Charters are making a rebound—at least among Republicans and African Americans.

EdStat: 61 Percent of Respondents Liked the New California School Dashboard Accountability Site

According to a recent Pace and USC Rossier poll, 61 percent of respondents had a positive impression of the California School Dashboard.

EdStat: 46 Percent of the General Public Support Merit Pay for Teachers

According to the 2017 EdNext poll, support for merit pay for teachers among the general public has dropped from 67 percent in 2010 to 46 percent in 2017.

EdStat: 51 Percent of Parents Support Homeschooling

According to the 2017 EdNext Poll, 51 percent of parents support homeschooling, while just 29 percent oppose it.

Partisanship and Higher Education: Where Republicans and Democrats Agree

In our most recent public-opinion survey, we find sharp differences between Democrats and Republicans about the value of a bachelor’s degree (as distinct from a two-year associate’s degree).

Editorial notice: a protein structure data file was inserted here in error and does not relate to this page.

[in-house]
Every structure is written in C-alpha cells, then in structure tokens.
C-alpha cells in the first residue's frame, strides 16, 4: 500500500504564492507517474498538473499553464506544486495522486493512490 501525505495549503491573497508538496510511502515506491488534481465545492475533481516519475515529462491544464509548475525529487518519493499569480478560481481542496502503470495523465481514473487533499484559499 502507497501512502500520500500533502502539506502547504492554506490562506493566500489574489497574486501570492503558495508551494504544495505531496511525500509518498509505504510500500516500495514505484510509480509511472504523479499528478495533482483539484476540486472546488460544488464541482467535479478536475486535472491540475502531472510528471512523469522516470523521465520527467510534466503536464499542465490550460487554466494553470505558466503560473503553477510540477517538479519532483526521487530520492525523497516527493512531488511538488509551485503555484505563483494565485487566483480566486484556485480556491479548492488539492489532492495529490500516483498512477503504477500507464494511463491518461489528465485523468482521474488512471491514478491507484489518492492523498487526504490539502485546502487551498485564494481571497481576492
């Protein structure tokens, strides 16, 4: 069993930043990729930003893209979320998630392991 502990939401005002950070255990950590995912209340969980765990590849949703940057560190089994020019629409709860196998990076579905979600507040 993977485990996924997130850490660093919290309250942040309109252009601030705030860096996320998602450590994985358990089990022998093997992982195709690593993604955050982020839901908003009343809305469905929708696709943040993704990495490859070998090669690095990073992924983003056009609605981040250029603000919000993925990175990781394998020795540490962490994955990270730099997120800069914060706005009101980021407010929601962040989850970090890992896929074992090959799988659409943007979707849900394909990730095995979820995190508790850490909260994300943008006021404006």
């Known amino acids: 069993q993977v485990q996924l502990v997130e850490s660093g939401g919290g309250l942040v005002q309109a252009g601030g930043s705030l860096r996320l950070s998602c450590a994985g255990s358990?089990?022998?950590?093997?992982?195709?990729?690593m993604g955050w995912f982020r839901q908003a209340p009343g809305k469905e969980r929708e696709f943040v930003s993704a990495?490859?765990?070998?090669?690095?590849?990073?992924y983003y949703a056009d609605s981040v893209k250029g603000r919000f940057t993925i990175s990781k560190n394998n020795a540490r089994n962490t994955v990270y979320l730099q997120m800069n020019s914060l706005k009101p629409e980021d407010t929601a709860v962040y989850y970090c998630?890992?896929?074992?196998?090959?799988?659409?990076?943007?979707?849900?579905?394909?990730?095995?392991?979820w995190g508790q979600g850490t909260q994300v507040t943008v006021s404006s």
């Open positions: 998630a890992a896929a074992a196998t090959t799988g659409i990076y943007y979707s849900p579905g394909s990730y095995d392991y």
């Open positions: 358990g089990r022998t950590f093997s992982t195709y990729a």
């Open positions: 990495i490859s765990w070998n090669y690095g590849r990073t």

Changing Support for Charter Schools Among Republicans

Why has support for the schools declined and what could turn that around?

How to Earn Public Support for Charter Schools

The first step to gaining back and building support for charter schools is to hold them accountable for providing a quality education.

The Education Exchange: Public Opinion on Teacher Quality

The 2017 Education Next poll asked the public, parents, and teachers what share of teachers at your local public school are excellent, good, satisfactory and unsatisfactory.

Secret Finding from PDK Poll: Support for Vouchers is Rising

The just released PDK survey of U. S. adults reveals an upward shift in public support for vouchers of 10 percentage points over the past four years, with 8 of those percentage points gained since 2015

When it Comes to Education, Are Californians Unique?

The Californians who participated in the 2017 Education Next survey of American adults have views that are different from the national sample on only a few issues.